Important Perspective Lacking from Virtual Charter Reporting
To the Editor:
The company I lead, Connections Education, is an accredited provider of virtual K-12 education solutions. We further online learning by supporting students and schools as we pursue innovation and best practices and demonstrate efficacy. We encourage and welcome conversations about how virtual schools serve students and how best to ensure and measure success. However, Education Week's recent special project on virtual schools does not reflect the existing value and future promise of virtual school options ("Rewarding Failure: An Education Week Investigation of the Cyber Charter Industry," www.edweek.org, Nov. 3, 2016).
Each year, thousands of students and families choose virtual schools because they need and want a school option beyond the traditional classroom. These students choose to attend for myriad reasons: They might be struggling and need to catch up with a specific subject matter, they might have been bullied, or they might need the flexibility virtual schooling offers to pursue athletics. Or they might be ill and want school to be a place of certainty despite their physical limitations.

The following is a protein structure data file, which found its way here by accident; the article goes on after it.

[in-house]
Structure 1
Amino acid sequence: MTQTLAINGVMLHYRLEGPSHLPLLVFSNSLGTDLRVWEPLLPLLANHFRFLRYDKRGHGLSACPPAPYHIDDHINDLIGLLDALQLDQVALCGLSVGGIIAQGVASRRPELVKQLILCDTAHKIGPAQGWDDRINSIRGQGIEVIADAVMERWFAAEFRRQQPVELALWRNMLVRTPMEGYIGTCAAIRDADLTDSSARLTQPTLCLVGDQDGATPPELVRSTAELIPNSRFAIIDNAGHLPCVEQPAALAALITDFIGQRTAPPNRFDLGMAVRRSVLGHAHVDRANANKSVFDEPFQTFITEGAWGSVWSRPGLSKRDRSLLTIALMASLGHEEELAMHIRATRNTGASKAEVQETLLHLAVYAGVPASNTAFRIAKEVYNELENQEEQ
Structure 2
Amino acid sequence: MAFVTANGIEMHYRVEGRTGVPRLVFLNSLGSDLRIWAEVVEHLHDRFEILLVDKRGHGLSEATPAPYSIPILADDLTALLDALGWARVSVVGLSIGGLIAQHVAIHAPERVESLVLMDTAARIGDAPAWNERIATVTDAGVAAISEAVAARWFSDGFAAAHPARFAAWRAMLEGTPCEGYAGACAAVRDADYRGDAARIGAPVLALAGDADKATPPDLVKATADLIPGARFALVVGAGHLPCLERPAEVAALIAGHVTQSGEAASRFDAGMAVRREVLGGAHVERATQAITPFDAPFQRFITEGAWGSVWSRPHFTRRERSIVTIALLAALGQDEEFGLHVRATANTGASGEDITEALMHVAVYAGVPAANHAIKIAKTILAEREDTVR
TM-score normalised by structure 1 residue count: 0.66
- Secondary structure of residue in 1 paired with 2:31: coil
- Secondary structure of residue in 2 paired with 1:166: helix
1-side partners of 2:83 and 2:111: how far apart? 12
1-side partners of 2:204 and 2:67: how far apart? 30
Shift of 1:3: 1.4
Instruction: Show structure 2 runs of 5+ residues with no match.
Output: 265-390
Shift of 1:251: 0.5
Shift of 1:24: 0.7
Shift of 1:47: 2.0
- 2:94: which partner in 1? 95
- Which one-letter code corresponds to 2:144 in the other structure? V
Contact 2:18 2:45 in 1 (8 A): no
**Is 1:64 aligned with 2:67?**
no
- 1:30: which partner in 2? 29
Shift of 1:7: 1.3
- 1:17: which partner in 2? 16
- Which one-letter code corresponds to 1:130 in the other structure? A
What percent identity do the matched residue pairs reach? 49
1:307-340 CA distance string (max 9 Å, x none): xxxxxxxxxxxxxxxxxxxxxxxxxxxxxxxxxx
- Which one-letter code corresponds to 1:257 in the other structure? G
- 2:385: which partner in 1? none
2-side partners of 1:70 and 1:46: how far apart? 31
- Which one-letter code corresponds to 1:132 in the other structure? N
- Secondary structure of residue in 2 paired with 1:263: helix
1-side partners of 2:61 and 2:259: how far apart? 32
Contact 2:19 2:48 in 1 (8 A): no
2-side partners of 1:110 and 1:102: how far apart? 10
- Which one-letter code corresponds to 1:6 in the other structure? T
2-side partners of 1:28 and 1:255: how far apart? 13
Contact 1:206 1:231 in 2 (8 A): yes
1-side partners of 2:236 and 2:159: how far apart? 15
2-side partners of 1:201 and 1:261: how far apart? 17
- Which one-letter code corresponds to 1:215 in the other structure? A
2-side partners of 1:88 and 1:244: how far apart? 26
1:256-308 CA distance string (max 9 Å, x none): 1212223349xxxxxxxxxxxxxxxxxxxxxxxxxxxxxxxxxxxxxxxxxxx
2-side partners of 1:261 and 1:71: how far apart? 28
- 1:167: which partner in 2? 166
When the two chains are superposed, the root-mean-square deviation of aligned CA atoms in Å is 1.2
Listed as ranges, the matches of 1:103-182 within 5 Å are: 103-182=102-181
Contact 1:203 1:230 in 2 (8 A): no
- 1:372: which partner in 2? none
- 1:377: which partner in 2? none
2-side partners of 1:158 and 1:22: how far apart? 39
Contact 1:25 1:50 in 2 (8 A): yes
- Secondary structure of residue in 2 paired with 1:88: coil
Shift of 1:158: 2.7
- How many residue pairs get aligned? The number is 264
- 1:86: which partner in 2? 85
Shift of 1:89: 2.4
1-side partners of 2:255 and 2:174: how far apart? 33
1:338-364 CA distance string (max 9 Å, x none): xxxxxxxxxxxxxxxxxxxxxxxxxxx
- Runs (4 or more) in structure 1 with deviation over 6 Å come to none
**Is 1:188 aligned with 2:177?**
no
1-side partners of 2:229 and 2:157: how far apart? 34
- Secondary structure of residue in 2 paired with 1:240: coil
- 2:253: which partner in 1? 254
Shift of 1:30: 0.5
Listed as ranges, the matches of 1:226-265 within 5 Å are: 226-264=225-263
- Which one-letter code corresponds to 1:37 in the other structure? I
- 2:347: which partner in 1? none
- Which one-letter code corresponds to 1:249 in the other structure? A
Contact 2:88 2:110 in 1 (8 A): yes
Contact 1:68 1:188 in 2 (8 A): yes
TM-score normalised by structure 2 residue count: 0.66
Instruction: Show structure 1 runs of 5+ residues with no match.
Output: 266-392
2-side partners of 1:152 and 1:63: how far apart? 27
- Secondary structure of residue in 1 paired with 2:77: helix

These family stories are vital to the broader discussion about virtual schooling.
We continue to be disappointed that their voices are so often absent from national media reporting, and that they were lacking in Education Week's series about virtual schools. In the entire package, there was scant mention of the families and children for whom virtual schooling works. Instead, it focused on controversies, including narrow performance metrics that are inaccurate measures of quality for schools that serve a highly mobile population of students.
I encourage reporters at Education Week and other news outlets writing about virtual schooling to visit one of the schools we support and to meet with families in their homes to see the school from their perspective.
People who experience this virtual education firsthand from the teachers' and students' perspective see the richness of the curriculum, the personalization, and how (and why) virtual schooling works for these families. This valuable insight offers a more balanced view of virtual schooling, a view we wish was reflected in Education Week's recent project.
Vol. 36, Issue 14, Page 24
Vol. 36, Issue 14, Page 24
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